One of the most common sunchokes with dozens of names, dating to the late 1800s. This is more of a broad type of sunchoke than a specific variety. You will see many variations: Mammoth, White Mammoth, Mammoth White, French White Mammoth, White French Mammoth, French White, French White Improved, and similar formulations in French and German. It probably is not French, although the situation is so hopelessly confused that there could easily be varieties with different origins. It is most likely a superior type taken from the wild in the USA, popularized in Europe, and then reintroduced to the USA, as is the case for most old varieties.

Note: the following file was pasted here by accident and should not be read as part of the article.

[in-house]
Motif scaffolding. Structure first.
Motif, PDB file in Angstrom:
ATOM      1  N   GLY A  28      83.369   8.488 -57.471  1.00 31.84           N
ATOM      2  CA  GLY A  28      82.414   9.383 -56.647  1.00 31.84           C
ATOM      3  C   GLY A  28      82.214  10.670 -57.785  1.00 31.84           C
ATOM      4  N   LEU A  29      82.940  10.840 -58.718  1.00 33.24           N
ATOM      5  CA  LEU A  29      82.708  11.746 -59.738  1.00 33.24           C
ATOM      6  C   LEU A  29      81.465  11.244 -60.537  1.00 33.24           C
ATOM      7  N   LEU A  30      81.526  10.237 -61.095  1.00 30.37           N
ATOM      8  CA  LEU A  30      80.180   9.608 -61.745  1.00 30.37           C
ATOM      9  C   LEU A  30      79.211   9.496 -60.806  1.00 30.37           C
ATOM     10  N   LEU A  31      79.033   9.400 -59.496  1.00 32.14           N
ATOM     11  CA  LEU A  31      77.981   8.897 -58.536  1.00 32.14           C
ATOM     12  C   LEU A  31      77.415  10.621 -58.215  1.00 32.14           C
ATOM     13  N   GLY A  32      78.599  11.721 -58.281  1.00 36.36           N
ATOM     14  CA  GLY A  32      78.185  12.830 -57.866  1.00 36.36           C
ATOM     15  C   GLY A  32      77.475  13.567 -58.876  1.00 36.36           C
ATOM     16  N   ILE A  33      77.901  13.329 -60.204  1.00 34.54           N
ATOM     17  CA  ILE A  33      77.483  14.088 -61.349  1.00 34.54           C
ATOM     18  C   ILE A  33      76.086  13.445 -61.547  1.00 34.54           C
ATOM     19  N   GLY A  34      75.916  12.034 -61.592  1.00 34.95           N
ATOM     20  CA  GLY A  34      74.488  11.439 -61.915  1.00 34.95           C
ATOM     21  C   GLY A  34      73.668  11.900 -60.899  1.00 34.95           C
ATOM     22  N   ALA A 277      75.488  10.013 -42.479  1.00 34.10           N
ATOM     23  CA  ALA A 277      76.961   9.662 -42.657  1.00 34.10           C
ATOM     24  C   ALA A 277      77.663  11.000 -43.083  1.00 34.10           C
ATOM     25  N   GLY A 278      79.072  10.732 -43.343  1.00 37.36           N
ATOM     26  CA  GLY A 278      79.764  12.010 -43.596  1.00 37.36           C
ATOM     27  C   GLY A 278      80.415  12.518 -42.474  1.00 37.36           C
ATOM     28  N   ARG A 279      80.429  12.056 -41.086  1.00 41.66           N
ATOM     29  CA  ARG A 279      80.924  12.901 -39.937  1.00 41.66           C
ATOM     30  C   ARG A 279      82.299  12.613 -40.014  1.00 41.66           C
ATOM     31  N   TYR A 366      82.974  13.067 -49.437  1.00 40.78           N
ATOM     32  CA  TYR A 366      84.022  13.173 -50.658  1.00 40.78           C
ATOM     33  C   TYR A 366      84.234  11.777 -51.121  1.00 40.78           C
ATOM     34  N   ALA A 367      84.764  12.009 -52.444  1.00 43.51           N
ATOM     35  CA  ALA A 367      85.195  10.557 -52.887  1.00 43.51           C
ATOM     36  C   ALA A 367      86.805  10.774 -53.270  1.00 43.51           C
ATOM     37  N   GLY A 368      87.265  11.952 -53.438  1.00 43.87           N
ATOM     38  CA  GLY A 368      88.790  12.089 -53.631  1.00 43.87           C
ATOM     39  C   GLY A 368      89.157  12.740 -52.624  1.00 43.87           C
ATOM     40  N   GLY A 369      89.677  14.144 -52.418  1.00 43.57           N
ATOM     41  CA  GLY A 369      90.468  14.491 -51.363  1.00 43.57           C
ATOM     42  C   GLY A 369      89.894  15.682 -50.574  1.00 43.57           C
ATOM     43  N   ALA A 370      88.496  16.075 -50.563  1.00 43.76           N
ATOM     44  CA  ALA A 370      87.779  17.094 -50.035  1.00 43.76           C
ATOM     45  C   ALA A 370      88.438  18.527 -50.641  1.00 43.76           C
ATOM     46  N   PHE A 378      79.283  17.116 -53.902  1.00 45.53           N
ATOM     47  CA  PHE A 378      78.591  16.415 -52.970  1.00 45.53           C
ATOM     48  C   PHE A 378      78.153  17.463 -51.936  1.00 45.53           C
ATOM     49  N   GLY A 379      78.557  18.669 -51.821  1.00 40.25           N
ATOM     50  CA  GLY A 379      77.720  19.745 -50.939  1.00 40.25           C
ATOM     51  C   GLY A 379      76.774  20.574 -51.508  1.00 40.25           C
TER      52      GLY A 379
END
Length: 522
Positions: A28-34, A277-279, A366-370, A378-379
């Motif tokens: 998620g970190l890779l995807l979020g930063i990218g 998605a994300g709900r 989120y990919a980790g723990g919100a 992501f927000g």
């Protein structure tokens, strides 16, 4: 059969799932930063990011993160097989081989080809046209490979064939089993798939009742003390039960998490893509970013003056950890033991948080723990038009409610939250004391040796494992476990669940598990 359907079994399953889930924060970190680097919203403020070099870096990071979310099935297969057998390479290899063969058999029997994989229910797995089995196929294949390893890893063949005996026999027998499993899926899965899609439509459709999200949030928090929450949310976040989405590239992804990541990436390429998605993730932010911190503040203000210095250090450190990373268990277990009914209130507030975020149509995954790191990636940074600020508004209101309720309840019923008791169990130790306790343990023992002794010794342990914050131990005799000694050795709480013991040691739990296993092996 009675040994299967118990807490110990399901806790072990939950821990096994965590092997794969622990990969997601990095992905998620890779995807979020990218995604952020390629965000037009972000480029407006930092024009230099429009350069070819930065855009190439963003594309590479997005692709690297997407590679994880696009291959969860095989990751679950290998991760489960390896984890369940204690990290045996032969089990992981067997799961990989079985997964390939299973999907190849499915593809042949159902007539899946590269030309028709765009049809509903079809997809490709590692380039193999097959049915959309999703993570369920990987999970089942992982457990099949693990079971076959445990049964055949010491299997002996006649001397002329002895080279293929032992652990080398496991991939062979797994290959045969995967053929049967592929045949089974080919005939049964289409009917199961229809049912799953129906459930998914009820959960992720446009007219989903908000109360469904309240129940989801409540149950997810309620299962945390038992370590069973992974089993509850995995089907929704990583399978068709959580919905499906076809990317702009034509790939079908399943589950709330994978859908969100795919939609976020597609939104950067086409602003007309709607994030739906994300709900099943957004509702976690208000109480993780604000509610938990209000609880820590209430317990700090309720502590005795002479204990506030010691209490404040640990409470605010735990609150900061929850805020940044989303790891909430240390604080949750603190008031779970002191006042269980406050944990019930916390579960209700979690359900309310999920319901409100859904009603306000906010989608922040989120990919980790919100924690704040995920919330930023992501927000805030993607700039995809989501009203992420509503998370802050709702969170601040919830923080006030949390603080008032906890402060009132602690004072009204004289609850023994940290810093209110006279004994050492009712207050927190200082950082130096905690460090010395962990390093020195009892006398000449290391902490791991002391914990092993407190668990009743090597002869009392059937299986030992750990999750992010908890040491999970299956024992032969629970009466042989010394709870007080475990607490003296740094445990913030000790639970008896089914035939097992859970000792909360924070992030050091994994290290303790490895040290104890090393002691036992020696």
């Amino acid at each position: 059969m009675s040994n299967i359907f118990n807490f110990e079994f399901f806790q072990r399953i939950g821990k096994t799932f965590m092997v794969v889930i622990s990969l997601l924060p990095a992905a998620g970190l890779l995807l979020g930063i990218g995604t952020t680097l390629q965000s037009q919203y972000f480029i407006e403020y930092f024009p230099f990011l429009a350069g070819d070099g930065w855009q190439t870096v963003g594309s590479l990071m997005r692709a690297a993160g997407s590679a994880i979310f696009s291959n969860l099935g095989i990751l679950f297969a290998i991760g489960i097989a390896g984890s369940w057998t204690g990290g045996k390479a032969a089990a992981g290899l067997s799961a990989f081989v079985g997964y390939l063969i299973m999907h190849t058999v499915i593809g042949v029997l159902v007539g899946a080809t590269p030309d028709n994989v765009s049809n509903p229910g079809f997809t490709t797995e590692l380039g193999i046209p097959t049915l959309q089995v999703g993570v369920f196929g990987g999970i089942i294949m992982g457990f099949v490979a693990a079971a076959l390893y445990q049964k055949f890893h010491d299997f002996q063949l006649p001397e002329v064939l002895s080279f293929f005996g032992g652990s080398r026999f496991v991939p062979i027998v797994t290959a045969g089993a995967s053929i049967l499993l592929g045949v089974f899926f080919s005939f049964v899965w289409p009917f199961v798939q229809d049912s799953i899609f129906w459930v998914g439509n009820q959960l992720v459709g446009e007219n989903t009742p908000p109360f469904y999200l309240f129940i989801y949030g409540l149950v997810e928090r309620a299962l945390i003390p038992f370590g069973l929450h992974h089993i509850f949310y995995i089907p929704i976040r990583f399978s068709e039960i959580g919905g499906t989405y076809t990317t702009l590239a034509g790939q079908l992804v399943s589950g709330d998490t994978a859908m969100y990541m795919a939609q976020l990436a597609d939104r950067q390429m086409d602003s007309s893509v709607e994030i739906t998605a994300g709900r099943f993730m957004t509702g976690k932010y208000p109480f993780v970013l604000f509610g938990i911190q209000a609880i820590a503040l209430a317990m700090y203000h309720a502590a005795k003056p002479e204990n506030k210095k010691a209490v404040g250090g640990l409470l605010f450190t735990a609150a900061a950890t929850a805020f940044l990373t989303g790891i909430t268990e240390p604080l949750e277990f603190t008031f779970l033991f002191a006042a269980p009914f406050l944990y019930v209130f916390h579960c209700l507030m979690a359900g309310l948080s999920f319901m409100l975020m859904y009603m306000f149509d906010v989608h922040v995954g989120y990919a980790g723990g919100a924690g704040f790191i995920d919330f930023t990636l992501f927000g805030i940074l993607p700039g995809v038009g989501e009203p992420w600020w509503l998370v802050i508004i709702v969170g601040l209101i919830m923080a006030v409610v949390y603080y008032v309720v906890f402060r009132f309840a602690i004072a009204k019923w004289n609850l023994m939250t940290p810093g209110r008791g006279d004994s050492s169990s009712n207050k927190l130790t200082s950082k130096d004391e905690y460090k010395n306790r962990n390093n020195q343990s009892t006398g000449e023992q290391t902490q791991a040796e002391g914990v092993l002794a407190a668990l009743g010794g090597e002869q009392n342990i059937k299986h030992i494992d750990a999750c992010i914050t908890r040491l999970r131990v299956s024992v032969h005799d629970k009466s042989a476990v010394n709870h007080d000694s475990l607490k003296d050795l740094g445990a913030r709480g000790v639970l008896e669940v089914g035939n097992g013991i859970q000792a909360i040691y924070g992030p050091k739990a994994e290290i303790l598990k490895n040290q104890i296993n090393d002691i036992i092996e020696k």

This variety tastes like a sunchoke. I don’t find that most varieties differ much in flavor and this has the standard sunchoke flavor. Tubers are large, often long and knobbly. There are varieties with smoother and larger tubers, but this remains the classic/standard sunchoke.
White Mammoth is a tall variety, reaching 8 to 9 feet here and probably taller in warmer climates. Stolons range from about six to sixteen inches, so this variety will spread easily. It flowers moderately and sets seed with a pollinator.